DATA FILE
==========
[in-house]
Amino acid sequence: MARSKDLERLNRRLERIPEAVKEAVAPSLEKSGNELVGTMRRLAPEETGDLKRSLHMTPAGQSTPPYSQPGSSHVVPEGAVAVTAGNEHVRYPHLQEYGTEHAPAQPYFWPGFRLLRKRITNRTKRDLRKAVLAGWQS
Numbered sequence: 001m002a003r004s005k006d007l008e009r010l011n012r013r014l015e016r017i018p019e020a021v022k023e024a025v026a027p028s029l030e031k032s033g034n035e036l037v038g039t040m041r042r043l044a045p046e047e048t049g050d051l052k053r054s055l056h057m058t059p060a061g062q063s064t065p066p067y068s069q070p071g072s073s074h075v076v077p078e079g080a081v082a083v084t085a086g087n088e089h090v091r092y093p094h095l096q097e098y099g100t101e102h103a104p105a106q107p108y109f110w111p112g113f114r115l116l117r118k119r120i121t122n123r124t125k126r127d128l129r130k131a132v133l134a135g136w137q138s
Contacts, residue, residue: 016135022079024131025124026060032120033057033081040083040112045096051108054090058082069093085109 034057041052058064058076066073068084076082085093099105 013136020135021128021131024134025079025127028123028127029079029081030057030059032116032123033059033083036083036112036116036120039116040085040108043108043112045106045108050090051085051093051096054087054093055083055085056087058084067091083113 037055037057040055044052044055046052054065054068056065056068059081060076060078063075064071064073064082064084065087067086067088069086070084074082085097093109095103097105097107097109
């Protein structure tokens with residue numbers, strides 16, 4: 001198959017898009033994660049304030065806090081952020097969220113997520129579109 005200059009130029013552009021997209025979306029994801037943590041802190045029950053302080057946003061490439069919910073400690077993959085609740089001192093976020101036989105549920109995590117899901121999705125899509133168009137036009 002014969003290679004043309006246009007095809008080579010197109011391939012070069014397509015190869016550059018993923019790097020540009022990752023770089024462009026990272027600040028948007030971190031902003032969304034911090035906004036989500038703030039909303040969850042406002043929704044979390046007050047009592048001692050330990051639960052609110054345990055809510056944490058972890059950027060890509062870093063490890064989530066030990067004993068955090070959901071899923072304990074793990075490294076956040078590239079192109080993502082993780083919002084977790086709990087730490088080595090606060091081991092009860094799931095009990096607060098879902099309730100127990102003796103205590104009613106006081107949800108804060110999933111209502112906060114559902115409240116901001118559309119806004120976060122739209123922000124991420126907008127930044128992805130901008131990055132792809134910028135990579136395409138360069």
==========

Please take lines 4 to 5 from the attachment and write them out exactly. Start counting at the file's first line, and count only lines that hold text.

Contacts, residue, residue: 016135022079024131025124026060032120033057033081040083040112045096051108054090058082069093085109 034057041052058064058076066073068084076082085093099105 013136020135021128021131024134025079025127028123028127029079029081030057030059032116032123033059033083036083036112036116036120039116040085040108043108043112045106045108050090051085051093051096054087054093055083055085056087058084067091083113 037055037057040055044052044055046052054065054068056065056068059081060076060078063075064071064073064082064084065087067086067088069086070084074082085097093109095103097105097107097109
């Protein structure tokens with residue numbers, strides 16, 4: 001198959017898009033994660049304030065806090081952020097969220113997520129579109 005200059009130029013552009021997209025979306029994801037943590041802190045029950053302080057946003061490439069919910073400690077993959085609740089001192093976020101036989105549920109995590117899901121999705125899509133168009137036009 002014969003290679004043309006246009007095809008080579010197109011391939012070069014397509015190869016550059018993923019790097020540009022990752023770089024462009026990272027600040028948007030971190031902003032969304034911090035906004036989500038703030039909303040969850042406002043929704044979390046007050047009592048001692050330990051639960052609110054345990055809510056944490058972890059950027060890509062870093063490890064989530066030990067004993068955090070959901071899923072304990074793990075490294076956040078590239079192109080993502082993780083919002084977790086709990087730490088080595090606060091081991092009860094799931095009990096607060098879902099309730100127990102003796103205590104009613106006081107949800108804060110999933111209502112906060114559902115409240116901001118559309119806004120976060122739209123922000124991420126907008127930044128992805130901008131990055132792809134910028135990579136395409138360069």